New Zealand spends £1.6m to ward off loan debacle

November 10, 2000

The New Zealand government is to spend an extra NZ$6 million (£1.6 million) on the processing of student loans and allowances in a bid to avoid the debacle that dogged university and polytechnic enrolments this year.

At the beginning of the year, thousands of students were frustrated by delays and problems in the processing of their loans and allowances by the Department of Work and Income, which had just taken over responsibility for the loans processing.

The extra funding will be used to improve departmental staffing levels and waiting times on the student services phone line, and to provide limited networked on-campus services to students at 34 campus locations nationwide.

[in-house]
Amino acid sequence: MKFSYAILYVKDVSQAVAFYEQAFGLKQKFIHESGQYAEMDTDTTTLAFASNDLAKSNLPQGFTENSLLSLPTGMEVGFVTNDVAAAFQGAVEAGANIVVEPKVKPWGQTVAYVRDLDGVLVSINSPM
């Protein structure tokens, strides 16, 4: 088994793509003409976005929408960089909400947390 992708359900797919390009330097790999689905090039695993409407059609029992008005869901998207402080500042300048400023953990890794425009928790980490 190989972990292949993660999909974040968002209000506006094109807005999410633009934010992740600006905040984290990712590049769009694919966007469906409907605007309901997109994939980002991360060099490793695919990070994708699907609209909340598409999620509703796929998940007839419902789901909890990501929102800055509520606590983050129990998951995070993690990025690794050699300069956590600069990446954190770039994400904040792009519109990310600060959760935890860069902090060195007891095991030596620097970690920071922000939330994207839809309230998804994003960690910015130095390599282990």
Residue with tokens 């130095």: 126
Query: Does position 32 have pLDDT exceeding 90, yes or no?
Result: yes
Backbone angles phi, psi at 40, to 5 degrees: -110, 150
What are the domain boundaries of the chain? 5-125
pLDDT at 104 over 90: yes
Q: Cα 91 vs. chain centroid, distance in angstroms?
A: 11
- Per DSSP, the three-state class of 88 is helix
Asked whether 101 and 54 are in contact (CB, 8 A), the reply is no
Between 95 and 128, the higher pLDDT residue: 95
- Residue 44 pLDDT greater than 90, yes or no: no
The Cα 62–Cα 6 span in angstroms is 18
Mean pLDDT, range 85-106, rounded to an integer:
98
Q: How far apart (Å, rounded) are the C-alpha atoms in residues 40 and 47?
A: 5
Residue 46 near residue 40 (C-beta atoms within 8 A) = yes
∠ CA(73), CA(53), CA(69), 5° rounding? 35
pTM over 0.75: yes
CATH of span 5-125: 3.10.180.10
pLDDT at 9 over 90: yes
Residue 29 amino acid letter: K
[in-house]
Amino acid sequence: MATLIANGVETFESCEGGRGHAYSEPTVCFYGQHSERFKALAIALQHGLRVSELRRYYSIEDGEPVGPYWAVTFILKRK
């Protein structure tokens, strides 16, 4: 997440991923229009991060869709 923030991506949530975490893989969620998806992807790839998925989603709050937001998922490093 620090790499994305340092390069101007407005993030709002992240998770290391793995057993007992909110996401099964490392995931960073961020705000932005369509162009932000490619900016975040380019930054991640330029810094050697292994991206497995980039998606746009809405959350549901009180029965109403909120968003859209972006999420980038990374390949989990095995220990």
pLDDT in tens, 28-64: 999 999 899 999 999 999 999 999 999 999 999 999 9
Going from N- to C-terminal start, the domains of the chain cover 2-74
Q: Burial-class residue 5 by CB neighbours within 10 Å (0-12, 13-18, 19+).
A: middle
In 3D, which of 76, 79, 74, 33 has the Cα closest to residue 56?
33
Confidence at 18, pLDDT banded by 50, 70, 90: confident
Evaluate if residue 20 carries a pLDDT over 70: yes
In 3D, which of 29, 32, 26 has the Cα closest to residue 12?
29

The announcement has pleased the National University Students' Association, whose president, Sam Huggard, said he was "cautiously optimistic" there would not be a repeat of the "massive problems" of the past two years.

The package announced by Steve Maharey, associate minister responsible for tertiary education, picks up on recommendations from an independent evaluation commissioned by the government, which includes performance standards for staff to meet.

"The department will be held accountable for its performance this summer. While I expect that there will be individual cases of processing delay that will be put right immediately, I do not expect to see the type of widespread systemic failure that the government inherited this past summer," Mr Maharey said.

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